https://dictionary.cambridge.org/dictionary/english/object

But I am not a lawyer, so my comments here could be utterly naive. Just wondering how best to tackle an absurd situation.
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Re: Horses and heritage

Postby Xplora » Wed 14 Nov, 2018 5:36 am

I don't have any inside run on this but would be interested also in what sort of case can be put forward to give heritage status to an animal without it being legislated such as what happened in NSW. I am no lawyer either but have considerable experience reading and interpreting legislation. What you have found could be very relevant. For a living thing, which of course will at some stage die, the heritage could be argued in the continuance of the blood line. Long bow to draw regardless.
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Re: Horses and heritage

Postby gayet » Wed 14 Nov, 2018 10:09 am

An article from ABC - Guy Fawkes National Park northern tablelands NSW.
https://www.abc.net.au/news/2018-11-14/brumbies-at-the-mercy-of-drought-and-mismanagement/10495374

The wording at the start of the article is rather emotive, 2nd paragraph in particular...
Almost 40 brumbies have been found dead among one herd of heritage horses, prompting calls for intervention and better management of the animal's numbers in order to preserve the Australian icon.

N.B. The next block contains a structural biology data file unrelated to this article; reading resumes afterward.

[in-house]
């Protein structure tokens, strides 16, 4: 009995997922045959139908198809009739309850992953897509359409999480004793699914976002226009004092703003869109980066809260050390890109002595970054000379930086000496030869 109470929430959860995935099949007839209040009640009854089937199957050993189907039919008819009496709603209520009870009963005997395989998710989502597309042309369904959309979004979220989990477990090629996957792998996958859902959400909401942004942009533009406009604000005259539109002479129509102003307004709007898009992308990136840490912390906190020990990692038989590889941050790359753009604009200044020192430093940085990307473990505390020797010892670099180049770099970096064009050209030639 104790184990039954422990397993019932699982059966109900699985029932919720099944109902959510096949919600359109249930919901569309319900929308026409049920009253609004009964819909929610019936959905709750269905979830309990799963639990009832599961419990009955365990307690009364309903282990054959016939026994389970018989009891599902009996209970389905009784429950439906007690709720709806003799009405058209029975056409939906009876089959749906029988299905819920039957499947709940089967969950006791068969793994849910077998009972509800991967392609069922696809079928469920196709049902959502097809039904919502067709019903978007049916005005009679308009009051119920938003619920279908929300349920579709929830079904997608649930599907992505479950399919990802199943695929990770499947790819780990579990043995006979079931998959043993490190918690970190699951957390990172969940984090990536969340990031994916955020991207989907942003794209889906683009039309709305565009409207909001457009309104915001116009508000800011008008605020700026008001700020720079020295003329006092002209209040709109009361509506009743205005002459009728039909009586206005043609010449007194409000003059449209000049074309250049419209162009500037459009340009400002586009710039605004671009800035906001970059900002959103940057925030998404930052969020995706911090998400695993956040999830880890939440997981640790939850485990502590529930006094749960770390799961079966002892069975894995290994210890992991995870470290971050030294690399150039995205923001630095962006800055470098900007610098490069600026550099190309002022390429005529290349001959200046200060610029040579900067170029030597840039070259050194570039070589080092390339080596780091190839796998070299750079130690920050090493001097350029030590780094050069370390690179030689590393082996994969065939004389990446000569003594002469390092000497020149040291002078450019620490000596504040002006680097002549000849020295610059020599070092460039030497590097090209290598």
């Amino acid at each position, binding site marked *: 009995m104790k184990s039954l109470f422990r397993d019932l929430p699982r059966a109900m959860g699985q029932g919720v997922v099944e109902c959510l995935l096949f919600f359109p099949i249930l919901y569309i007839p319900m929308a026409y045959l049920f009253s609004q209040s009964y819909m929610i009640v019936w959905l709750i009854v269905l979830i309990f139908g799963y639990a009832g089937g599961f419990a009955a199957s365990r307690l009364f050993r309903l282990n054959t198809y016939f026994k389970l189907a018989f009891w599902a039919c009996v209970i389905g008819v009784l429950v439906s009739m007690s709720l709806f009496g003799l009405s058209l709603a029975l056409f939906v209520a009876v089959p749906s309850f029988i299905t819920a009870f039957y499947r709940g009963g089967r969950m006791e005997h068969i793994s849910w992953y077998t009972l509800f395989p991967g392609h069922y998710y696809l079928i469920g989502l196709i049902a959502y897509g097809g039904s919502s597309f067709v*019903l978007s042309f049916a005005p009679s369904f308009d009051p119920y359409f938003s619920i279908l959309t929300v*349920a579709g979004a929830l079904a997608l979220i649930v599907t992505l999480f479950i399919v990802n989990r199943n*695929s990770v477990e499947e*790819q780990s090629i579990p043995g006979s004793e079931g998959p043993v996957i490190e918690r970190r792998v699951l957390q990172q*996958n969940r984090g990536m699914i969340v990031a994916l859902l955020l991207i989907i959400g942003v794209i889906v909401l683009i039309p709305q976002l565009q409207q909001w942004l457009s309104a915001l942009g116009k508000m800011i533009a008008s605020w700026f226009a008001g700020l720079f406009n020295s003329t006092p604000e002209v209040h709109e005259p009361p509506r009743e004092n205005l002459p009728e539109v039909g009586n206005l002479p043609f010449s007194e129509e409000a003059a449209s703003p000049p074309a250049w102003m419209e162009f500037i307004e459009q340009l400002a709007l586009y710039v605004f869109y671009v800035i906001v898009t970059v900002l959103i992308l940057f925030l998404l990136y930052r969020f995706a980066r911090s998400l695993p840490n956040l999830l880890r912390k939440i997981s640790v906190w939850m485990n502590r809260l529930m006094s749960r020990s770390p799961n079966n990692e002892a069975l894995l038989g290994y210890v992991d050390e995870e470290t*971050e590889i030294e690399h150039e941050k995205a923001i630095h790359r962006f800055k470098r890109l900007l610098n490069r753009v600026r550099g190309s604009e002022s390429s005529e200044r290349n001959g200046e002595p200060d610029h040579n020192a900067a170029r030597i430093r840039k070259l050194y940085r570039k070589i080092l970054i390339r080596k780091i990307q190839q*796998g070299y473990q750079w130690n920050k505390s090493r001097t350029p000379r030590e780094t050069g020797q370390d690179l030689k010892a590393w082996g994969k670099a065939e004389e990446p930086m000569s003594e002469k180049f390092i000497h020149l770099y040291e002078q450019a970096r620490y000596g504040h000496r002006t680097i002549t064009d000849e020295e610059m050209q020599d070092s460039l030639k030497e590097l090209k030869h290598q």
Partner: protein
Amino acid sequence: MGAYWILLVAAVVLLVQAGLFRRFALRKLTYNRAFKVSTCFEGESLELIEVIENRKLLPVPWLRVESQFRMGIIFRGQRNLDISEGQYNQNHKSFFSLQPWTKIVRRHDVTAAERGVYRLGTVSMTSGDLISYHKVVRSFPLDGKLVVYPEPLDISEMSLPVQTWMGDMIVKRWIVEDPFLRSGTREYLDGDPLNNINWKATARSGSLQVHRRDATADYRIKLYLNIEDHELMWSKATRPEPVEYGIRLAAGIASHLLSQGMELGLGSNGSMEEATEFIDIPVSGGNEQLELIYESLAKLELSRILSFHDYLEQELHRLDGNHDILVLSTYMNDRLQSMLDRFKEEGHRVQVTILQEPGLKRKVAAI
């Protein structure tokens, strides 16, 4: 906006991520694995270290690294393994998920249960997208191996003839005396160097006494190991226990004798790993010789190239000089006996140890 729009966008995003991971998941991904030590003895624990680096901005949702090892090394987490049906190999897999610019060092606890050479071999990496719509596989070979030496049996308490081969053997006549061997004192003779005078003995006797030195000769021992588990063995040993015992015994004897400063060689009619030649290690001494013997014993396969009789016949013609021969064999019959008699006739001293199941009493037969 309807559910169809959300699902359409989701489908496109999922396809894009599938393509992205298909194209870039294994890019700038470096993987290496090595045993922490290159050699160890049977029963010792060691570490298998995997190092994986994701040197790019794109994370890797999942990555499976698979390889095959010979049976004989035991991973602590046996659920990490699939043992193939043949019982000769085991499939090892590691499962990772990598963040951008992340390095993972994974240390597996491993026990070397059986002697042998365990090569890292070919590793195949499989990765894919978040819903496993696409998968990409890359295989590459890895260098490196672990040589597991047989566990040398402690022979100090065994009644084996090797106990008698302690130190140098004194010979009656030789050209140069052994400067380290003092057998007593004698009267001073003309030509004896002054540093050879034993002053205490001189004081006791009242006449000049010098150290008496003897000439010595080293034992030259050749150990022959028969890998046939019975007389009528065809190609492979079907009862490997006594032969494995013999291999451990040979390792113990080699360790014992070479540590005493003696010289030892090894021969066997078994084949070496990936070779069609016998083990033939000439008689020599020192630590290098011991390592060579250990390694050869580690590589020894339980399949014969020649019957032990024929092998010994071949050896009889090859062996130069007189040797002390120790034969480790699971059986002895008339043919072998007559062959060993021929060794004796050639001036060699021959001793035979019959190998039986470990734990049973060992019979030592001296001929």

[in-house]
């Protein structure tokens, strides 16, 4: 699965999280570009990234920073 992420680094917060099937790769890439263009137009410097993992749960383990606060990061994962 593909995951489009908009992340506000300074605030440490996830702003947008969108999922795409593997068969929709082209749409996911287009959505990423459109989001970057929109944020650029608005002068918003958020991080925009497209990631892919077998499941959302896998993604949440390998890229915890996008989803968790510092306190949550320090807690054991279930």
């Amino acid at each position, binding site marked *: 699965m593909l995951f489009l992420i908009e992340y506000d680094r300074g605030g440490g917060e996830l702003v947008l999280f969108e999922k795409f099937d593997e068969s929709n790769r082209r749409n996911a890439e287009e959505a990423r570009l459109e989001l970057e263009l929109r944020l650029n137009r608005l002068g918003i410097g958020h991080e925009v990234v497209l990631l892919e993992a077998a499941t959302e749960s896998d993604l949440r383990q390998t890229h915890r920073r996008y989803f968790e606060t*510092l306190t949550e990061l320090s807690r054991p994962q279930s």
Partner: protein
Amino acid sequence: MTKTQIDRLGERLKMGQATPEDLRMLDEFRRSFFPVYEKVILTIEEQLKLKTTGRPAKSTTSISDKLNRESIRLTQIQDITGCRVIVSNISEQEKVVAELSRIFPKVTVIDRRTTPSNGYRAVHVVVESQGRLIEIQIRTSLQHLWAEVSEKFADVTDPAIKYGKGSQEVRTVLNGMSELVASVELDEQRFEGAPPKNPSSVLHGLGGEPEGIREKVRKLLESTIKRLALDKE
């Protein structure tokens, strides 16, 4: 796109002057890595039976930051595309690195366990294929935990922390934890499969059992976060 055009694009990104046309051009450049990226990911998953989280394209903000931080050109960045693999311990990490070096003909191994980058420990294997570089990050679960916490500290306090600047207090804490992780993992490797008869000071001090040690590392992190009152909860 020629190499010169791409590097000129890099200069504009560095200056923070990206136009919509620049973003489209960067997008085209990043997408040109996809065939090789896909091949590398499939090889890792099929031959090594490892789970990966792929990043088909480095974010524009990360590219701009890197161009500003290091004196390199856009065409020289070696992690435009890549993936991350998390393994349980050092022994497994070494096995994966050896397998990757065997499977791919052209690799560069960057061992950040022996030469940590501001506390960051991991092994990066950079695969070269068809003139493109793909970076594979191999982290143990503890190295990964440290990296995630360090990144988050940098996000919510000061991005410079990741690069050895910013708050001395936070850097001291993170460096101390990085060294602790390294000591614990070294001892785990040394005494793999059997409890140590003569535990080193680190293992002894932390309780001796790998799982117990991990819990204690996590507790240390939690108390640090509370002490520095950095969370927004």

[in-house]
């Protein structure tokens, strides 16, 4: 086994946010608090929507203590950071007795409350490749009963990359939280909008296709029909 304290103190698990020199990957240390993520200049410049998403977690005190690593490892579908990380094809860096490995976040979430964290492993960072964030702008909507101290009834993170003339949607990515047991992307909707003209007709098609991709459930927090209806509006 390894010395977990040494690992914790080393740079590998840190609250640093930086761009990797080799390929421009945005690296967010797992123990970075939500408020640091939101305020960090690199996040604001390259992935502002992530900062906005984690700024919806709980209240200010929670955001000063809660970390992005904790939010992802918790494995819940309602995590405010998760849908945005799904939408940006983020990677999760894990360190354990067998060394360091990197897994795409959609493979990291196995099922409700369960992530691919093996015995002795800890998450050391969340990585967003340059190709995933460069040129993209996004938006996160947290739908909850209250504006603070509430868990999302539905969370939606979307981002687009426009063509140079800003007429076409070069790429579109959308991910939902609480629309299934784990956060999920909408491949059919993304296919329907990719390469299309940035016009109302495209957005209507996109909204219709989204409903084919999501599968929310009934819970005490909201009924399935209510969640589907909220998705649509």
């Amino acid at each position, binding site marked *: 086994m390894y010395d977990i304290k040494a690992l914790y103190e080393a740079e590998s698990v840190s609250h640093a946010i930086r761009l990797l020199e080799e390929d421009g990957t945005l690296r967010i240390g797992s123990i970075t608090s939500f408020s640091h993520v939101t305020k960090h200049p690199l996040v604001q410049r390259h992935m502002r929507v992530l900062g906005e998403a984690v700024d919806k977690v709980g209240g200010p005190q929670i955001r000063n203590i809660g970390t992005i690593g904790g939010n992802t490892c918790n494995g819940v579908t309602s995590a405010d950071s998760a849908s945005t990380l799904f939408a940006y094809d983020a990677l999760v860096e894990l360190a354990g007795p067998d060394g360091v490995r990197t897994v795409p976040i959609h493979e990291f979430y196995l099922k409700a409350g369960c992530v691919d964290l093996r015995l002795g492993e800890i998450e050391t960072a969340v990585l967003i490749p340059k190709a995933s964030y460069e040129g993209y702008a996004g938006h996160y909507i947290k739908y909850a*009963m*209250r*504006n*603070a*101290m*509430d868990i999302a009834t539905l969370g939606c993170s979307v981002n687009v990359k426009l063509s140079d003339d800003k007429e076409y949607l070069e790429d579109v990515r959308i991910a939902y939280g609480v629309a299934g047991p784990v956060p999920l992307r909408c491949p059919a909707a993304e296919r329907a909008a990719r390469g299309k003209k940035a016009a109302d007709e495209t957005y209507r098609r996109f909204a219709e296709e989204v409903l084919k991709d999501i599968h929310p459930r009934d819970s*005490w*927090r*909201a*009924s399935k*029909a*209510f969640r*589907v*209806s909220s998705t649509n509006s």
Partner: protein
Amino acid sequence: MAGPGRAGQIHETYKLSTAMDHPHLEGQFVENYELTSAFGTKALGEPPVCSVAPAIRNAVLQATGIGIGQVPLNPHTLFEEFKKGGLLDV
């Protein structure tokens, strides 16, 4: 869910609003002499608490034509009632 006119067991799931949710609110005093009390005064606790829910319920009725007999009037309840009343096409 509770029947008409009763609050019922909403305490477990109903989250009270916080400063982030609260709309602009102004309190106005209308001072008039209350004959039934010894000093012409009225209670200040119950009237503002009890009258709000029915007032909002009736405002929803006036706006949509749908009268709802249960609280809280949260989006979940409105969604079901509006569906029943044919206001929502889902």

The bold is my addition.

There is a passive trapping and rehoming effort in the park, but it has only managed to rehome 102 horses this year, while admitting 600 would be a better outcome. Doesn't provide much evidence of effectiveness of this method of control.
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Re: Horses and heritage

Postby sambar358 » Thu 15 Nov, 2018 8:27 am

Gayet.....those images would certainly be confronting for some but in reality they are simply showing the results of a flawed policy by the NSW government on feral horse management in the Guy Fawkes NP and other NP's where feral horse numbers are outstripping the capability of the environment to sustain them. When the trapping/re-homing program is only removing 1/6th of the annual herd increase then clearly numbers will continue to grow until the horses start to starve to death while eating-out virtually anything that could provide some nourishment in the process.

If those that have opposed lethal methods of population control for feral horses are still comfortable with their stance given those images then they have some serious thinking to do about their view of the world. The NSW government and the NSW NPWS should step in here and do some significant number reduction for the sake of these horses and the environment and in doing so totally ignore the bleatings of the "protectors of the brumby" as clearly protection has done these horses no favors. It is time for hard and likely politically unpopular decisions to be made for the good of those that will survive the drought. But having said that.....I don't expect that there'll be any lethal feral horse reduction undertaken in Guy Fawkes NP as governments these days are more worried about maintaining their position at the trough and authorizing aerial culling or ground shooting of these animals is not likely to happen. There are no votes in shooting horses & slowly starving to death will be the fate of most of these horses unfortunately while those who should be on the front foot doing something about this turn a blind eye to the reality of it all. Cheers